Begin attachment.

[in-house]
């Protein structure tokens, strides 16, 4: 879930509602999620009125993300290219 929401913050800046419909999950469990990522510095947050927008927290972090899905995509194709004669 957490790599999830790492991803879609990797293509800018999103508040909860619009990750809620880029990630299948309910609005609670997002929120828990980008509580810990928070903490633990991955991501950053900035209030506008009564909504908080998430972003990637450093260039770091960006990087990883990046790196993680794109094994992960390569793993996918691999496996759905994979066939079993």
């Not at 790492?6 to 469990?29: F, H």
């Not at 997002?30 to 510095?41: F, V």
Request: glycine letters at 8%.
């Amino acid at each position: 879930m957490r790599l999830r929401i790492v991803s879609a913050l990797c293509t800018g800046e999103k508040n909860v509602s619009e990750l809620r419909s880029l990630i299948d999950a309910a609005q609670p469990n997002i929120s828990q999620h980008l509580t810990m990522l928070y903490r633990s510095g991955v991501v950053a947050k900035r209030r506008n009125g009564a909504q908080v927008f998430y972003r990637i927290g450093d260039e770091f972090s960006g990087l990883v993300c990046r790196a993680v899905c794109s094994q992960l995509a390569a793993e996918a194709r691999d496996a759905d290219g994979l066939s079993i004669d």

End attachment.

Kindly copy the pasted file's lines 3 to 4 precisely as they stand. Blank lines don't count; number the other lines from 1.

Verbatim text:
């Not at 790492?6 to 469990?29: F, H």
């Not at 997002?30 to 510095?41: F, V």